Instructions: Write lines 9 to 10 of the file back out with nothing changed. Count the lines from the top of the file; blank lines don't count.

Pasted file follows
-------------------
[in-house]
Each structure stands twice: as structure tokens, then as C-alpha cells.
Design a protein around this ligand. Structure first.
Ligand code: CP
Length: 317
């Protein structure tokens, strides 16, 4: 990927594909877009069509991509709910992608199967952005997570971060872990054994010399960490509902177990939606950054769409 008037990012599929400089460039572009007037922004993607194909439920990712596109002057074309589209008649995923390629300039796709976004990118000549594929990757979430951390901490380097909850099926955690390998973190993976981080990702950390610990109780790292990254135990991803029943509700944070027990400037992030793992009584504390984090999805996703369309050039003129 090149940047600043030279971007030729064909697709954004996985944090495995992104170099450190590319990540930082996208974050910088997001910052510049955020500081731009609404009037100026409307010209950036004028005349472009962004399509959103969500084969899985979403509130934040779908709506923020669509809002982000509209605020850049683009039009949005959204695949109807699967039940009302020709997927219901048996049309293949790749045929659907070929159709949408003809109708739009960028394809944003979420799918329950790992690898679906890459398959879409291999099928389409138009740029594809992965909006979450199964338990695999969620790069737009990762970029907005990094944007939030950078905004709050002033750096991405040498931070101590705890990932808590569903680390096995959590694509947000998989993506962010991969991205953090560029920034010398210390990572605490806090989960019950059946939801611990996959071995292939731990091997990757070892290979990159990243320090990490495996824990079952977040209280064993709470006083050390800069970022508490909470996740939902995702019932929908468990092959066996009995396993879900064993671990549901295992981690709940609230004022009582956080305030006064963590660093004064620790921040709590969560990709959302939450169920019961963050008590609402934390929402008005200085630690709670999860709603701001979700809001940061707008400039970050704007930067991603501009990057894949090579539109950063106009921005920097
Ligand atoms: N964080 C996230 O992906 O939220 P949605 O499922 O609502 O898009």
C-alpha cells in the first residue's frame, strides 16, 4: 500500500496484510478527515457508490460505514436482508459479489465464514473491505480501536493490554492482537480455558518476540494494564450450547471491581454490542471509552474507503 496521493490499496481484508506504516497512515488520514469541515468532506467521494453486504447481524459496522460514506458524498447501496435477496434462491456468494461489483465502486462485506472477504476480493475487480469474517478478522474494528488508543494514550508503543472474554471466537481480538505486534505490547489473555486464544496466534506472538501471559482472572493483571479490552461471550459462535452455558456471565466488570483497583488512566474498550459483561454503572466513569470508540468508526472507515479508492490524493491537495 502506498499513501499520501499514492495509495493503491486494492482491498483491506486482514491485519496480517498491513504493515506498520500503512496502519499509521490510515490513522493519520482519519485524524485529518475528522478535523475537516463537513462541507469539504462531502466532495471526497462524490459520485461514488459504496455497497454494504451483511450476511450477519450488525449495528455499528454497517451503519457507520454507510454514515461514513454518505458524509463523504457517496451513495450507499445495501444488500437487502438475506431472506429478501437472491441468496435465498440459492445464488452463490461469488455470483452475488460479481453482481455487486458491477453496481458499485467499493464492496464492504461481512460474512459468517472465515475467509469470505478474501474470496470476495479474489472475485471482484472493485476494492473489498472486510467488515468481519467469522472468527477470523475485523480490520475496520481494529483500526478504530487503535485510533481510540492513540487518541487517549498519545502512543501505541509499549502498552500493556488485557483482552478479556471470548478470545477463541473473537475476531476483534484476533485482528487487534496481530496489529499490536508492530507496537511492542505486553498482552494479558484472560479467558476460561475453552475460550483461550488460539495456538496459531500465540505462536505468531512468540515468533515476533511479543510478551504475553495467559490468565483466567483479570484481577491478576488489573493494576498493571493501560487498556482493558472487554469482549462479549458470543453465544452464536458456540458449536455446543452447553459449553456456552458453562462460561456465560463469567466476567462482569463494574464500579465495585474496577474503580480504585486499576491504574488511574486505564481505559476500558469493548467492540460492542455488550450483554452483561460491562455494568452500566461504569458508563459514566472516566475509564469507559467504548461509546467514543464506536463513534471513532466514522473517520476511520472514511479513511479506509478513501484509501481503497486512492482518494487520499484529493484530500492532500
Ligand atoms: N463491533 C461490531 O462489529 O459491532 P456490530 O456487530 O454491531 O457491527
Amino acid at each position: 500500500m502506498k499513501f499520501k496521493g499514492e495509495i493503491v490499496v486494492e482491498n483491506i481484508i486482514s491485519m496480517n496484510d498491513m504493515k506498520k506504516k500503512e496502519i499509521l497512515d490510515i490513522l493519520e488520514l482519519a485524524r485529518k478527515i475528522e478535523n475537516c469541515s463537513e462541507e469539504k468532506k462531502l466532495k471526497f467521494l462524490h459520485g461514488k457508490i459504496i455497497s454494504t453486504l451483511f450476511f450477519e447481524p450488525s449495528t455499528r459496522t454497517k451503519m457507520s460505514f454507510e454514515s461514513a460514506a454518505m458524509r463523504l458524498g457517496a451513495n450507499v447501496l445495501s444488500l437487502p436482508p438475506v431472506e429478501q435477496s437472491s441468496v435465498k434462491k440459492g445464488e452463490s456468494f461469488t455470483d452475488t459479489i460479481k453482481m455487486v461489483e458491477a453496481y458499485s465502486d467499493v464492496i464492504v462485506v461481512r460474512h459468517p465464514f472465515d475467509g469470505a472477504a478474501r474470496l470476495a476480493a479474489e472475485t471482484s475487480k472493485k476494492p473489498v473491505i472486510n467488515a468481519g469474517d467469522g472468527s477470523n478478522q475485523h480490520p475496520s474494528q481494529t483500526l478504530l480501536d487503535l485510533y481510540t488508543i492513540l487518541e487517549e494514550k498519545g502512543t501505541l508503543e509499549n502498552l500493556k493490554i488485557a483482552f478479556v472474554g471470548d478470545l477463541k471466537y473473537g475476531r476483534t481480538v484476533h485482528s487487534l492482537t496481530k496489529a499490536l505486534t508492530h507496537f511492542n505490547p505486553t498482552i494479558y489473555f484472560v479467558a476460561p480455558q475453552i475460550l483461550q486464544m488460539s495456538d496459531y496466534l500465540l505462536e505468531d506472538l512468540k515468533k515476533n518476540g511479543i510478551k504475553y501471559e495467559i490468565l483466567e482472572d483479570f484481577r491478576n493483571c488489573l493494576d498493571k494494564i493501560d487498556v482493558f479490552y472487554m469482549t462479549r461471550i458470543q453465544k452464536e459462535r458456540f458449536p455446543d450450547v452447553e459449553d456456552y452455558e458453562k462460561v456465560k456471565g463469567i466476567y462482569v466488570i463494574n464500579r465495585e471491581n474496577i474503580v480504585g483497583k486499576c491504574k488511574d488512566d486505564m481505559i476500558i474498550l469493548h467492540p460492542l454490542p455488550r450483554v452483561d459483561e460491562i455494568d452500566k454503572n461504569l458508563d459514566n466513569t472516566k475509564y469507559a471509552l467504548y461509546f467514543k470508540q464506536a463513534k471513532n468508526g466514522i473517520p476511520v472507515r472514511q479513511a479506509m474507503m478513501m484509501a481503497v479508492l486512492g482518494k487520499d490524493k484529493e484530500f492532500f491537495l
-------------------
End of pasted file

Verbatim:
Ligand atoms: N463491533 C461490531 O462489529 O459491532 P456490530 O456487530 O454491531 O457491527
Amino acid at each position: 500500500m502506498k499513501f499520501k496521493g499514492e495509495i493503491v490499496v486494492e482491498n483491506i481484508i486482514s491485519m496480517n496484510d498491513m504493515k506498520k506504516k500503512e496502519i499509521l497512515d490510515i490513522l493519520e488520514l482519519a485524524r485529518k478527515i475528522e478535523n475537516c469541515s463537513e462541507e469539504k468532506k462531502l466532495k471526497f467521494l462524490h459520485g461514488k457508490i459504496i455497497s454494504t453486504l451483511f450476511f450477519e447481524p450488525s449495528t455499528r459496522t454497517k451503519m457507520s460505514f454507510e454514515s461514513a460514506a454518505m458524509r463523504l458524498g457517496a451513495n450507499v447501496l445495501s444488500l437487502p436482508p438475506v431472506e429478501q435477496s437472491s441468496v435465498k434462491k440459492g445464488e452463490s456468494f461469488t455470483d452475488t459479489i460479481k453482481m455487486v461489483e458491477a453496481y458499485s465502486d467499493v464492496i464492504v462485506v461481512r460474512h459468517p465464514f472465515d475467509g469470505a472477504a478474501r474470496l470476495a476480493a479474489e472475485t471482484s475487480k472493485k476494492p473489498v473491505i472486510n467488515a468481519g469474517d467469522g472468527s477470523n478478522q475485523h480490520p475496520s474494528q481494529t483500526l478504530l480501536d487503535l485510533y481510540t488508543i492513540l487518541e487517549e494514550k498519545g502512543t501505541l508503543e509499549n502498552l500493556k493490554i488485557a483482552f478479556v472474554g471470548d478470545l477463541k471466537y473473537g475476531r476483534t481480538v484476533h485482528s487487534l492482537t496481530k496489529a499490536l505486534t508492530h507496537f511492542n505490547p505486553t498482552i494479558y489473555f484472560v479467558a476460561p480455558q475453552i475460550l483461550q486464544m488460539s495456538d496459531y496466534l500465540l505462536e505468531d506472538l512468540k515468533k515476533n518476540g511479543i510478551k504475553y501471559e495467559i490468565l483466567e482472572d483479570f484481577r491478576n493483571c488489573l493494576d498493571k494494564i493501560d487498556v482493558f479490552y472487554m469482549t462479549r461471550i458470543q453465544k452464536e459462535r458456540f458449536p455446543d450450547v452447553e459449553d456456552y452455558e458453562k462460561v456465560k456471565g463469567i466476567y462482569v466488570i463494574n464500579r465495585e471491581n474496577i474503580v480504585g483497583k486499576c491504574k488511574d488512566d486505564m481505559i476500558i474498550l469493548h467492540p460492542l454490542p455488550r450483554v452483561d459483561e460491562i455494568d452500566k454503572n461504569l458508563d459514566n466513569t472516566k475509564y469507559a471509552l467504548y461509546f467514543k470508540q464506536a463513534k471513532n468508526g466514522i473517520p476511520v472507515r472514511q479513511a479506509m474507503m478513501m484509501a481503497v479508492l486512492g482518494k487520499d490524493k484529493e484530500f492532500f491537495l